Selected List of Companies with Matching Gift Program:
A planned provision in a will or living trust is also a great way to leave your legacy. There are several types of bequests to consider, depending on your financial objectives. Please consult with your Trust, administrator, financial advisor or attorney.
When you bequeath to FUTI, please consider how your gift should be used to support FUTI.
Please submit the following form for further inquiry.
You may have a life insurance policy that has outlived your original purpose, with all your children having grown up, and having accumulated enough assets to guarantee the financial security of your heirs. Such life insurance can be used for philanthropic purposes. There are two different ways you can structure a gift of life insurance to FUTI.
Please submit the following form to further discuss donating a life insurance policy.
The purpose of the endowment fund is to secure financial stability in FUTI’s activities for many years to come.
Money, securities and other assets donated into the endowment fund will be invested by a professional fund manager appointed by FUTI. If you select “FUTI Endowment Fund” under Donation Use, your gift will be poured into FUTI’s general Endowment Fund.
We welcome corporate sponsors and generous individuals to establish a special endowment fund that carries your own name or any individual (or organization) to whom you wish to pay a tribute, for instance, your parent, loved one or your teacher. We encourage you to make a pledge of $50,000, $100,000, $250,000, $500,000 or $1,000,000, which can be paid in installments over a period of five years.
Although the fund belongs to FUTI, we will accommodate your preference as much as possible with regard to the investment style (conservative, moderate, somewhat aggressive). A $100,000 endowment fund is expected to generate $5,000 a year, if the investment return is 5% (after deducting the fund management company’s commission). We will also consult with you on what programs should be supported by your endowment fund. If you are interested in, for instance, supporting our summer internship program, the investment income from your fund will comfortably support one summer intern every year. Your name will then be printed and signed by you as his/her sponsor in the award certificate to be given to the selected outstanding student.
If you find the worthwhile cause of FUTI activities to be very much in line with your desire to nurture talented and aspiring students to become global leaders of tomorrow, establishing your own endowment fund with FUTI is a great way to achieve your objective. FUTI will be working with you to fulfill your dream to return a portion of what you have earned to a good cause for future generations.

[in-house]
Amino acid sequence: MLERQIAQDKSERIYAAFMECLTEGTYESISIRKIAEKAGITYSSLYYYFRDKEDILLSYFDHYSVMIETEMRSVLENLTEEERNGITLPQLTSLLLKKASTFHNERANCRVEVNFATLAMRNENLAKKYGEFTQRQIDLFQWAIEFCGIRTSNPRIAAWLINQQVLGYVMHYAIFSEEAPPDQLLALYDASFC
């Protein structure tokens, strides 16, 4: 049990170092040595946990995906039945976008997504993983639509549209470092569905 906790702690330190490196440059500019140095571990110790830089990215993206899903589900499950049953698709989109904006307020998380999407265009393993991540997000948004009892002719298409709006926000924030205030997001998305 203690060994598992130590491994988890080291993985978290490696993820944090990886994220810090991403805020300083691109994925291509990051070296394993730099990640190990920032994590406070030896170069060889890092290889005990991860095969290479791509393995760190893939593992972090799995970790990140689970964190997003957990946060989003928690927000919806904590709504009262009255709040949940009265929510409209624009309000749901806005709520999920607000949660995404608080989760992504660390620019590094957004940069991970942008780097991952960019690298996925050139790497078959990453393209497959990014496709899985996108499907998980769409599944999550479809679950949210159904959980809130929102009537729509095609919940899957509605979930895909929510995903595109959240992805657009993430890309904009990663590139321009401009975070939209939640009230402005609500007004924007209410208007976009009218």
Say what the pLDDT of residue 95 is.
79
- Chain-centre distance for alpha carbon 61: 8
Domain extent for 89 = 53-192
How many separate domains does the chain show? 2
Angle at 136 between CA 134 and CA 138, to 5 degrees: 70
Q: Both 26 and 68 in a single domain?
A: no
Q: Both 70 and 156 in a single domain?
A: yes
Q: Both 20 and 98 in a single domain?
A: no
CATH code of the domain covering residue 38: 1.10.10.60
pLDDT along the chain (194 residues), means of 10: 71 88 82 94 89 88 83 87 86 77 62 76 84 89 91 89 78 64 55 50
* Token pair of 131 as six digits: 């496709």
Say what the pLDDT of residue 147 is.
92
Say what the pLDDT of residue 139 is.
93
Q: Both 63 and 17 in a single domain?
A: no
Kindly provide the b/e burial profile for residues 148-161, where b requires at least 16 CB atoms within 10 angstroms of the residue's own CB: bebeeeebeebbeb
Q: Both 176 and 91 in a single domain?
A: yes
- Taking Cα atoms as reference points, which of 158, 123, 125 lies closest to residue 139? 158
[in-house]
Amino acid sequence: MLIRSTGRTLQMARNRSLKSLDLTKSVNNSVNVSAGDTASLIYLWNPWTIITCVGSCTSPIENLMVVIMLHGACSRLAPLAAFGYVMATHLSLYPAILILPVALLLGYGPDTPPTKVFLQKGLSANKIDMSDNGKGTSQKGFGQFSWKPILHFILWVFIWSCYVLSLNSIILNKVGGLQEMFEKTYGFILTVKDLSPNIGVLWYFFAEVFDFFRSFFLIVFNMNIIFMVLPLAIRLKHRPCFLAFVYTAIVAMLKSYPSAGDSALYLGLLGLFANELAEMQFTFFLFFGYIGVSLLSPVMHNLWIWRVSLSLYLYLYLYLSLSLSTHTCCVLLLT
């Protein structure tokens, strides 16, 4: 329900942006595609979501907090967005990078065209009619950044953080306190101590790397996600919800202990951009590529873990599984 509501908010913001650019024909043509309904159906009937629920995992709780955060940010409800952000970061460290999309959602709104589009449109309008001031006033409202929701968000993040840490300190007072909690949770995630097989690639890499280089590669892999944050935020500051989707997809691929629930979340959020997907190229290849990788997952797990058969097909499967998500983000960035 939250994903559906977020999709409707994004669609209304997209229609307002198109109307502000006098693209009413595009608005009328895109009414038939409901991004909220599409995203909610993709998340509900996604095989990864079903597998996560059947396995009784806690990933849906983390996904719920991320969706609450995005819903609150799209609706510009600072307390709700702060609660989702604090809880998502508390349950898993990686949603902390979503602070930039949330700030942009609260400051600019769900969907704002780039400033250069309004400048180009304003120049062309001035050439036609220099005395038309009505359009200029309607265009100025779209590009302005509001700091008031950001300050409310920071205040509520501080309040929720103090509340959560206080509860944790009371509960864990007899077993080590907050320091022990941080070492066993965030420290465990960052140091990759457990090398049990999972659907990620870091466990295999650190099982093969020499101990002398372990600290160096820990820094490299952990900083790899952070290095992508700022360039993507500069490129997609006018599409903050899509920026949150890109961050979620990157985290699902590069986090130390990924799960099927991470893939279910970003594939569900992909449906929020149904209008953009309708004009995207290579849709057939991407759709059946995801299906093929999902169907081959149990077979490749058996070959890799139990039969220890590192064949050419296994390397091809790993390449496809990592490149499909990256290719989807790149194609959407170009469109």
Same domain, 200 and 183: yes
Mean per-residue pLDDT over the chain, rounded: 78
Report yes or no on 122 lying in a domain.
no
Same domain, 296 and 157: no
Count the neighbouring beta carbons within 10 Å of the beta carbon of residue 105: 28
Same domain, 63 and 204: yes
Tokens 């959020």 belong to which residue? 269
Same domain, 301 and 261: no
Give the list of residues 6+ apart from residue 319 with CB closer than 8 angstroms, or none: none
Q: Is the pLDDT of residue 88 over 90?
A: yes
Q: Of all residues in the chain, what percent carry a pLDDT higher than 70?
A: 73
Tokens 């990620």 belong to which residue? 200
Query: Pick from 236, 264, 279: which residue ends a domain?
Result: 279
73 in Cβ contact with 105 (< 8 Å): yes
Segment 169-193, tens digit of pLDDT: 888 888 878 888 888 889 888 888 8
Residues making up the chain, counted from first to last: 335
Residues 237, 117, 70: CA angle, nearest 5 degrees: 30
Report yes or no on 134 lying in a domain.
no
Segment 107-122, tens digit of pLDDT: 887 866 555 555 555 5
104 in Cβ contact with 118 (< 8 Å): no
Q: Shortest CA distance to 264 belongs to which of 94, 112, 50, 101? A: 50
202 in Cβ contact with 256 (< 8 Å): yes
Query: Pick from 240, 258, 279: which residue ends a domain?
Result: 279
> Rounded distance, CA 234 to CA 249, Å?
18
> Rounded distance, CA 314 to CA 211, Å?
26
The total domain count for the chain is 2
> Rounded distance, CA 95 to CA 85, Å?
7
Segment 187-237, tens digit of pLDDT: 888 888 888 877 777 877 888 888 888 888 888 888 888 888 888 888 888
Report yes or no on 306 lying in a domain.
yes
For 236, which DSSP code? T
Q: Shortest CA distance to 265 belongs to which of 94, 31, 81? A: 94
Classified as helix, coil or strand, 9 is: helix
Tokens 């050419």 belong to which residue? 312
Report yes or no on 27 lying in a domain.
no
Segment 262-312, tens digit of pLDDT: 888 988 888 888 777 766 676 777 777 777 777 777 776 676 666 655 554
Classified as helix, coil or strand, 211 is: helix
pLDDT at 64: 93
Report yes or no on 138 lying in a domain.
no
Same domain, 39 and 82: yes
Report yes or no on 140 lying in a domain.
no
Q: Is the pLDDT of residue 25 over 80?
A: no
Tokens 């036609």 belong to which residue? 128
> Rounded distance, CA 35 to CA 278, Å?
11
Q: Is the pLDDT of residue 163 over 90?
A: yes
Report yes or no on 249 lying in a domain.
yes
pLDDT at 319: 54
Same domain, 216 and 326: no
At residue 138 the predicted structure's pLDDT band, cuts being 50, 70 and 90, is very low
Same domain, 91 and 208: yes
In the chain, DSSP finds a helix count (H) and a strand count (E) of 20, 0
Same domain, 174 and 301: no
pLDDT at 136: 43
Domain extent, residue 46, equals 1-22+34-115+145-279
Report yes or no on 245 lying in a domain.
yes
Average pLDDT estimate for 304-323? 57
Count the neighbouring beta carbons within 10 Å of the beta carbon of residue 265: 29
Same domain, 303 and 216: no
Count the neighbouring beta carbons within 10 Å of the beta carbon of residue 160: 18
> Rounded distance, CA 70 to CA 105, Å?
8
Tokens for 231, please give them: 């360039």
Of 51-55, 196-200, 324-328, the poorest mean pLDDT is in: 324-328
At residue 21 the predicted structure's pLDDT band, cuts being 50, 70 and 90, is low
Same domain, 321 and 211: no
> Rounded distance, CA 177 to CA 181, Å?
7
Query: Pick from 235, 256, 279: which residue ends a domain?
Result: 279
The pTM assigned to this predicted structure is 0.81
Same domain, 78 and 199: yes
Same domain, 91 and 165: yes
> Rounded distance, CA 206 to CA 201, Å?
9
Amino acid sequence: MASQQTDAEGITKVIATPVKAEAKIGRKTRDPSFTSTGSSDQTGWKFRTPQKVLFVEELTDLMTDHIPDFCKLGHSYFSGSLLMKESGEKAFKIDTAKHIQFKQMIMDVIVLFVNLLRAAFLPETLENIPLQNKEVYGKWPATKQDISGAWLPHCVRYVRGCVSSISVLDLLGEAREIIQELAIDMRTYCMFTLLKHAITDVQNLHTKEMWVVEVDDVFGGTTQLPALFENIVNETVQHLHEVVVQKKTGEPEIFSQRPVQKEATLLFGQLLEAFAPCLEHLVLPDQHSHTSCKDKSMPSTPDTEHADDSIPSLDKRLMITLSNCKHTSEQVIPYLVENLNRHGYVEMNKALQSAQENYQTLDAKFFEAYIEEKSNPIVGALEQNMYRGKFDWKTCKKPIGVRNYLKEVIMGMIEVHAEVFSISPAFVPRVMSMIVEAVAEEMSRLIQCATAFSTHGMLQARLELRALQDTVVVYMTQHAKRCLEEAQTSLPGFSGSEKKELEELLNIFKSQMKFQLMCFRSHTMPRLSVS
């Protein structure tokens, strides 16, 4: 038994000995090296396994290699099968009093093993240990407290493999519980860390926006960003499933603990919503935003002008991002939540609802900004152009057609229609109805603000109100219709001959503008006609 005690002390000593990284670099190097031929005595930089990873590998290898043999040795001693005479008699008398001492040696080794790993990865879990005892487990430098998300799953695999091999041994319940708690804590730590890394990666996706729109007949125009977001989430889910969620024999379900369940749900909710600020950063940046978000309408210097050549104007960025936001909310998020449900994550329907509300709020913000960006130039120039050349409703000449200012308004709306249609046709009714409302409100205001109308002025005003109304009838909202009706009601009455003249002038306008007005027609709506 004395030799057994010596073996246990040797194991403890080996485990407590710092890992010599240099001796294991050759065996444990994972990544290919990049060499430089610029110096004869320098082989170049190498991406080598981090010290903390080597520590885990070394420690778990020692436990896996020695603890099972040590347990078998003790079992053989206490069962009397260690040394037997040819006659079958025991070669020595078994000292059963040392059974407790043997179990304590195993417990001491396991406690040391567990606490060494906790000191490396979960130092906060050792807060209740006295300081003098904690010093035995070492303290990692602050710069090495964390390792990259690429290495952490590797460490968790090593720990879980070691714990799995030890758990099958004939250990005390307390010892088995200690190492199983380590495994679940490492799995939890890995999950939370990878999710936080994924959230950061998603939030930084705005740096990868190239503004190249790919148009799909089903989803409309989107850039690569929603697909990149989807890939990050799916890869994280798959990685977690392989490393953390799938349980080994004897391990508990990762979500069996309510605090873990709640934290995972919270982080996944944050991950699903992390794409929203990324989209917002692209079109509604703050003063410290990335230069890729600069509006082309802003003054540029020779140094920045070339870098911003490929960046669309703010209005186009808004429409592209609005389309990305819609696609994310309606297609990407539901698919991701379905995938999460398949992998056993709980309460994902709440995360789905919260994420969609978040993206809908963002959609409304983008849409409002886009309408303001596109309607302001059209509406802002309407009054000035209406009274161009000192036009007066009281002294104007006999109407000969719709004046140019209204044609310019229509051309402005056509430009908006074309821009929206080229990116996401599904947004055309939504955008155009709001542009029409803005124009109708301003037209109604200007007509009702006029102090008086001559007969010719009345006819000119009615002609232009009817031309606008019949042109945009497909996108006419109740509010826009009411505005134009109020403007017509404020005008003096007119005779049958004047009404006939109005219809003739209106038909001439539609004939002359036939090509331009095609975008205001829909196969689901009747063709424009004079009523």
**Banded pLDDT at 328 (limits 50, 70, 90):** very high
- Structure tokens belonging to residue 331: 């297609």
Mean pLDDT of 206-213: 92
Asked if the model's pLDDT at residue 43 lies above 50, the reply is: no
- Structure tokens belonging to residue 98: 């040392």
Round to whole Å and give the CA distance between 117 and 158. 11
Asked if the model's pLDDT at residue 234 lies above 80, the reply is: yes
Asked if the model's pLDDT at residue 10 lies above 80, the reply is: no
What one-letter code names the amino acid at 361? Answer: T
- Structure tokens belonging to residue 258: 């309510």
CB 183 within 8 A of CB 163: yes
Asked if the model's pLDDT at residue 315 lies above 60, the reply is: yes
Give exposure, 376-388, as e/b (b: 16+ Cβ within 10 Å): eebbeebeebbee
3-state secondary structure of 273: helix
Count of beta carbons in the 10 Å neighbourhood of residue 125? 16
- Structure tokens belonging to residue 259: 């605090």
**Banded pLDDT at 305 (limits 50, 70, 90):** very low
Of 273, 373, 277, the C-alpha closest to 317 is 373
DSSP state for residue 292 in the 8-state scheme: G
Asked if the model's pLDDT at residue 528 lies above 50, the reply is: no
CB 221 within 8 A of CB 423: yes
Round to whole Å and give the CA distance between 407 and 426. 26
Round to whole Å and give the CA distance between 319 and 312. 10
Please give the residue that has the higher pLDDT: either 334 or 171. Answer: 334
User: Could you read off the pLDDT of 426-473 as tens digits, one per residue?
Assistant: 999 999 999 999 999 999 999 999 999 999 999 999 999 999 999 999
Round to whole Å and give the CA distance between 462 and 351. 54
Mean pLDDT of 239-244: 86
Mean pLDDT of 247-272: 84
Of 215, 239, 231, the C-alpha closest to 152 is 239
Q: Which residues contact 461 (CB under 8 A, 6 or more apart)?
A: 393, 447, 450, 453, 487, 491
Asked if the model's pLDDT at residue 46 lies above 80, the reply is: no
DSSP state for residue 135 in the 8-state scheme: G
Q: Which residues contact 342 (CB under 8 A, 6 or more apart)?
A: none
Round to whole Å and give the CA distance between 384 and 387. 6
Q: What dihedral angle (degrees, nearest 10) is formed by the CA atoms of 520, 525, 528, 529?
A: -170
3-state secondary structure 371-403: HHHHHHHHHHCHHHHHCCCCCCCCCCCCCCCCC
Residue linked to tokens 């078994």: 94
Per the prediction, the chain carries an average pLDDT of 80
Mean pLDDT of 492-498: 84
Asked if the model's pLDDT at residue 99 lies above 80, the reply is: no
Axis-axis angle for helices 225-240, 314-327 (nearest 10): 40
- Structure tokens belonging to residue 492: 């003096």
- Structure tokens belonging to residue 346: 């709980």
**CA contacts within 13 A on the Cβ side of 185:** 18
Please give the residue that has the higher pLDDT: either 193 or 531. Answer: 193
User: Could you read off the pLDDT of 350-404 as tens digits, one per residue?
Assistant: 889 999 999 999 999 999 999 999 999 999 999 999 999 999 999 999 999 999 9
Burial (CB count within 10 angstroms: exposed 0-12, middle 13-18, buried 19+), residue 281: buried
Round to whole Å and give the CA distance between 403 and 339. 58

For further inquiry, please contact us using the form below.
Please consider a gift of securities to Friends of UTokyo, Inc (FUTI). Before you transfer your securities to FUTI, please fill out and submit the below Donation of Securities Form. Then an appropriate individual from FUTI will get in touch with you and discuss necessary procedures.
An IRA owner age 70½ and older may take advantage of the IRA charitable rollover provision. This provision allows an older taxpayer to make tax-free distributions of up to US$100,000 from his/her IRA to qualified charitable organizations, such as FUTI. Charitable distributions from the IRA can be used to satisfy the annual required minimum distribution (RMD).
Details of the provision:
Before transferring your distribution. Please fill out and submit the Donation By IRA Form below. We will provide FUTI’s bank information such as ABA and account numbers to the provided email address.
Our online donation system utilizes PayPal which allows donations to be made by credit card or from a bank account.
If your credit card billing address is outside of the U.S.:
A PayPal account will be necessary in order to make a donation. Opening a PayPal account is free and safe. It may take 2-3 business days to open and verify the account, but once it is verified, a payment may be made either by credit card or bank account.
If your credit card billing address is within the U.S.: